After 60 miles I’d reached the usual point in an epic where things start to get weird. My body had long since passed through it’s peak period of performance and was now just hurting. Any previous high heart rate enthusiasm had now given way to just simply slogging it out. Short rocky climbs that would usually be relished suddenly required exaggerated commitment and audible grunting. I cursed my route planning that stubbornly avoided tarmac. Did I not realize how I’d be feeling? Each chocolate bar gave precisely 40 minutes of burn time before my body reverted back to running on empty. I was into the end game.
Counting down the last 10 miles I was feeling the full effects of the epic, in areas of my body that don’t even usually suffer. It was ten and a half hours since I set off that morning and I was totally spent – which is exactly how I intended to feel. Not everyone ‘gets’ the idea of an epic. Some might say that it’s too much of a good thing and that the last half isn’t even enjoyable. But it’s going beyond your usual limits that makes it for me, and I know I’m not the only one. Even as I write this on the day after, with aching neck and stiff legs, I’m already planning a route and excuse to get out and go through it all over again.
August 10, 2013Posted by on
A recent trip round the classic Jacob’s Ladder loop in the Peak district highlighted a problem that’s been developing for a while. Whilst I’m fine on the smoother, more flowing descents, when it comes to the technical rocky stuff with drop offs and loose boulders I seem to have lost my bottle.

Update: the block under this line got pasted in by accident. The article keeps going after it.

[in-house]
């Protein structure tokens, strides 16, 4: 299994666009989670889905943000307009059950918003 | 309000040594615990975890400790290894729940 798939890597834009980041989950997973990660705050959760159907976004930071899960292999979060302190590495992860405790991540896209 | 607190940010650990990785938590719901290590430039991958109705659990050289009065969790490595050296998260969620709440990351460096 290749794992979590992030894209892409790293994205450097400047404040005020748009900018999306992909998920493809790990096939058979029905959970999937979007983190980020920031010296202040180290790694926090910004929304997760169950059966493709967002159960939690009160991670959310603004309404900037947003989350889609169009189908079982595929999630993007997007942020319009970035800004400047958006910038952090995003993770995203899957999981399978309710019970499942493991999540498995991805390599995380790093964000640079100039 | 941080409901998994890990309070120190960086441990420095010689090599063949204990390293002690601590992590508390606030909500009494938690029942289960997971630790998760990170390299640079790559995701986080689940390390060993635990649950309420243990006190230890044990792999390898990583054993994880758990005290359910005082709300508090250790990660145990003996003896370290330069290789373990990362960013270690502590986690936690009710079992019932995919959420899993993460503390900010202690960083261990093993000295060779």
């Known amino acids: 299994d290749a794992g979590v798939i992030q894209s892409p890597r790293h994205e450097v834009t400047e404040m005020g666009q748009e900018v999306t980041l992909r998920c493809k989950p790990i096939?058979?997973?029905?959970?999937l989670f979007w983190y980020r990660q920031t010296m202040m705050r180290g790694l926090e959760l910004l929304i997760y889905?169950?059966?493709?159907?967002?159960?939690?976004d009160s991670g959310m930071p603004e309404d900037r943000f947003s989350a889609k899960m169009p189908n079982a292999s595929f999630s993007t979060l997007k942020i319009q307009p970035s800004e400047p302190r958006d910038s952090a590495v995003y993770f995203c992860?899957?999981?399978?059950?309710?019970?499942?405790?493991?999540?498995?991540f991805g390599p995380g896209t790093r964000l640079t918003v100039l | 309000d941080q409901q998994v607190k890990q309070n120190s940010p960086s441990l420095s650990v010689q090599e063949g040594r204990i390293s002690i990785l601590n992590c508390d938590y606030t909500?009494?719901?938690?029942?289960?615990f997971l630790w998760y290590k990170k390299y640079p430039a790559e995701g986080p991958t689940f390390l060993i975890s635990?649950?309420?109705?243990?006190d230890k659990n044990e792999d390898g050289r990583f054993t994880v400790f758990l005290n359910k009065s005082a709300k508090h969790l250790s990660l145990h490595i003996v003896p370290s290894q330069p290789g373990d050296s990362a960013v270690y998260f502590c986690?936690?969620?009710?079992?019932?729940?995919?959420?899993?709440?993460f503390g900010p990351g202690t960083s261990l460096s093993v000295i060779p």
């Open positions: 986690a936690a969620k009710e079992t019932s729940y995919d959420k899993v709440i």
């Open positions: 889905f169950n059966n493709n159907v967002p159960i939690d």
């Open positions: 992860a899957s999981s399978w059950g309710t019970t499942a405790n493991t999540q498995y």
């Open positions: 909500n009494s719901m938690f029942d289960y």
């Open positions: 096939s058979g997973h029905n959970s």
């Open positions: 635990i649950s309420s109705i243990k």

Any non-mountain bikers reading this may well be thinking “What the hell are you trying to ride that kind of trail for anyway?” but that’s mountain biking. At least in the Peak District anyway, other UK regions may have easier riding geology, but I don’t want to stir up the North/South divide.
The ride had me thinking back to 10 years ago when I first started biking round there: bumping down the same trails on a heavy bike with 80mm of unresponsive front suspension and dangerously ineffective v-brakes. I don’t remember being as cautious as I am now on my fat tyred custom hard tail. So what’s going wrong?
Lack of practice?
I reckon this is a big part of my current problem: too much time spent mincing around in lycra on the road bike. I’ve always mixed the disciplines up, but this year has had a distinct lack of ‘proper’ mountain biking. The majority of my off-road mileage has been on the cross bike on trails considerably tamer than Jacobs Ladder. It’s not been entirely wasted though, as my off-road climbing is faster than ever thanks to my high mileage.
A healthy fear of injury
I’m crap at being injured. If I can’t ride then I start going a bit weird. This is in my mind as I bounce down rocky trails, maybe more than it should be. As you get older you become aware of responsibilities and I’m not the carefree young man that I was. There’s a pro road cyclist who overcame his fear of fast descending by listening to classical music, but I think I’ll need more than a change of playlist to sort this out.
So what’s the plan? Well having slept on it, I’ve realised that like most things in life, if I want to get better I’ll have to practice. I’ve never deliberately practiced riding before, I’ve just ridden. So I might actually go out and find a difficult section of trail and repeat it a few times (I believe proper riders call it ‘sessioning’ a section) then move on to a harder section. Sounds quite dull but I reckon the returns should pay back massively.
I might also take to wearing knee and elbow pads to help with confidence whilst practicing. I suspect going back to riding full suspension would also help me get my downhill mojo back, but I know I’ll not get clearance for it at home….